Monday, November 12, 2007

Remember The Yen Carry Trade?

The yen carry trade caused some anxious moments a few months back when the fear of players unwinding their trades took centrestage. That died down and investors continued to borrow in yen to invest in other higher yielding currencies, stocks or bonds. Just like Britney Spears, oops, I did it again... the sustained but managed weakness in USD has basically unraveled the yen carry trades. The current equity weakness globally is merely a result of yen carry trades unwinding. The stronger the yen, the worse off will be the investors who borrowed in yen to buy Aussie bonds, Singapore REITs, US stocks, Malaysian plantations, HK-H shares, etc...

While we were sleeping, the USD has breached the 110 yen level. The yen's strength is not the only one. The euro has also moved from strength to strength against the greenback hitting record highs after expectations of a further interest rate cut at the next Federal Reserve policy meeting. Further euro support came in the form of comments from a senior Chinese political figure, who said that China should diversify its US$1.43tn foreign exchange reserves by buying more strong currencies like the euro.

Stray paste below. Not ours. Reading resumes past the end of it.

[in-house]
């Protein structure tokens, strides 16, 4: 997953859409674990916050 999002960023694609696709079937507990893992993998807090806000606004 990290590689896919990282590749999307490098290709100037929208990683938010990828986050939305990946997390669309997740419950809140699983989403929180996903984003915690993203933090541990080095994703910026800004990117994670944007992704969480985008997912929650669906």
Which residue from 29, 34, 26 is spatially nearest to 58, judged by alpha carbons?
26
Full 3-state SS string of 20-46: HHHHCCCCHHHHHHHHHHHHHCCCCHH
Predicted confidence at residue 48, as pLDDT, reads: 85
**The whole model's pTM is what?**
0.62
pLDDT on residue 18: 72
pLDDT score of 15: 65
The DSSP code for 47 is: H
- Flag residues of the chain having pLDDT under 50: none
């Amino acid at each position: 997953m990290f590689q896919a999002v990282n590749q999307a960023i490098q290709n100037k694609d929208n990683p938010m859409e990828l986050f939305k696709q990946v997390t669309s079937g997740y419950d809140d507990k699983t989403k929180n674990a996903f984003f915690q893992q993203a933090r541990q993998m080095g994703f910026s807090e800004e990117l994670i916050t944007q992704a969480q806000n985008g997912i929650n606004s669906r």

Ben Bernanke told US lawmakers that the Fed expects economic growth to slow in the fourth quarter of 2007 and the first half of 2008. Further dollar depressing news came in the form of US consumer sentiment data, which fell to 75.0 in November, hitting its lowest level in two years. On the other hand, the European Commission said eurozone economic growth this year will be slightly better than expected, however, financial market turbulence is seen slowing growth in 2008 and 2009. Markets largely ignored comments from US Treasury Secretary Henry Paulson, who defended the dollar’s status as the world’s reserve currency.

The yen has appreciated against a basket of currencies and not just the USD, but the effect was more pronounced with the greenback. The yen also found support from comments by Bank of Japan Governor Toshihiko Fukui, who underlined the need to increase interest rates in a timely manner. The greenback made some small recovery against the yen on news that the US trade deficit unexpectedly narrowed in September on strong export growth. However this was short lived as the yen soon hit a 1 ½ year high against the dollar on the back of fears of wider credit related losses in US financial firms which resulted in speculators unwinding carry trades.

Now it looks likely that high yielding currencies such as the AUD, Canadian loonie, NZD and Thai baht should see an exodus of hot money due to carry trades, and weaken a bit from here.

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